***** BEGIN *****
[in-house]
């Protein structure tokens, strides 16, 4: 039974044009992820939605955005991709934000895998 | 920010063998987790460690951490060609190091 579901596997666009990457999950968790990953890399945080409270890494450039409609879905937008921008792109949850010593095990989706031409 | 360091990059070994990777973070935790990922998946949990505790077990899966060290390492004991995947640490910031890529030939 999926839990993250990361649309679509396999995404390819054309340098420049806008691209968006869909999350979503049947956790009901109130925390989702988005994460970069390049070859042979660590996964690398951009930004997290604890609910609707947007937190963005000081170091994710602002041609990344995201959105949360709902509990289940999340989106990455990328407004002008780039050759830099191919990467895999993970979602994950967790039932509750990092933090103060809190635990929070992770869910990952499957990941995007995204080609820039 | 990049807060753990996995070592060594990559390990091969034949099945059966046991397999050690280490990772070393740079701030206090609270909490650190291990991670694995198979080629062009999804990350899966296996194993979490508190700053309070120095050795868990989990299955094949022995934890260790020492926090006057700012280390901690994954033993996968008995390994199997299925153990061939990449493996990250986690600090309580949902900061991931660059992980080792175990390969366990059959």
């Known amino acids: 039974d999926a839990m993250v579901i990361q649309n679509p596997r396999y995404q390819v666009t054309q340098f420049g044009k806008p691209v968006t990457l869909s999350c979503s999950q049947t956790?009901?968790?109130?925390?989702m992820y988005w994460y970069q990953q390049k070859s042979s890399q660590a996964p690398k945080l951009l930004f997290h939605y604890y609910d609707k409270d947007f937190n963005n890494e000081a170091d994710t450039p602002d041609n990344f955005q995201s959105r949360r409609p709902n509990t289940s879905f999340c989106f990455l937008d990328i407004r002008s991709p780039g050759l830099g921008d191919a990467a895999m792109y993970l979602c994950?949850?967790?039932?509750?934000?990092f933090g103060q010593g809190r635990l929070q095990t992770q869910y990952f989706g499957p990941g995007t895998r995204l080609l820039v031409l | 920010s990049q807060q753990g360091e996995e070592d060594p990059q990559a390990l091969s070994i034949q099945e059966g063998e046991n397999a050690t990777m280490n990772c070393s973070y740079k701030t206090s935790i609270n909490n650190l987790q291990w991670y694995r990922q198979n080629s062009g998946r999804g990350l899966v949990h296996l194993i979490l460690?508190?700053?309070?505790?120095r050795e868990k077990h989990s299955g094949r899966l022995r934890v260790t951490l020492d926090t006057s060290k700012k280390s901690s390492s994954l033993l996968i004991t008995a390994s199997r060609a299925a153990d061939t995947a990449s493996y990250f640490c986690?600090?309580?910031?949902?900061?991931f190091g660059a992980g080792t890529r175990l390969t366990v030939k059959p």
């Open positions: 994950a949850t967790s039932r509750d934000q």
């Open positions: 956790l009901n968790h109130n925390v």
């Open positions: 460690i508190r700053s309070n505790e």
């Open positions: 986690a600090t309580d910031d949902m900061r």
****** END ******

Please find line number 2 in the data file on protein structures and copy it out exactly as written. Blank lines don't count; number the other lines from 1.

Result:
């Protein structure tokens, strides 16, 4: 039974044009992820939605955005991709934000895998 | 920010063998987790460690951490060609190091 579901596997666009990457999950968790990953890399945080409270890494450039409609879905937008921008792109949850010593095990989706031409 | 360091990059070994990777973070935790990922998946949990505790077990899966060290390492004991995947640490910031890529030939 999926839990993250990361649309679509396999995404390819054309340098420049806008691209968006869909999350979503049947956790009901109130925390989702988005994460970069390049070859042979660590996964690398951009930004997290604890609910609707947007937190963005000081170091994710602002041609990344995201959105949360709902509990289940999340989106990455990328407004002008780039050759830099191919990467895999993970979602994950967790039932509750990092933090103060809190635990929070992770869910990952499957990941995007995204080609820039 | 990049807060753990996995070592060594990559390990091969034949099945059966046991397999050690280490990772070393740079701030206090609270909490650190291990991670694995198979080629062009999804990350899966296996194993979490508190700053309070120095050795868990989990299955094949022995934890260790020492926090006057700012280390901690994954033993996968008995390994199997299925153990061939990449493996990250986690600090309580949902900061991931660059992980080792175990390969366990059959």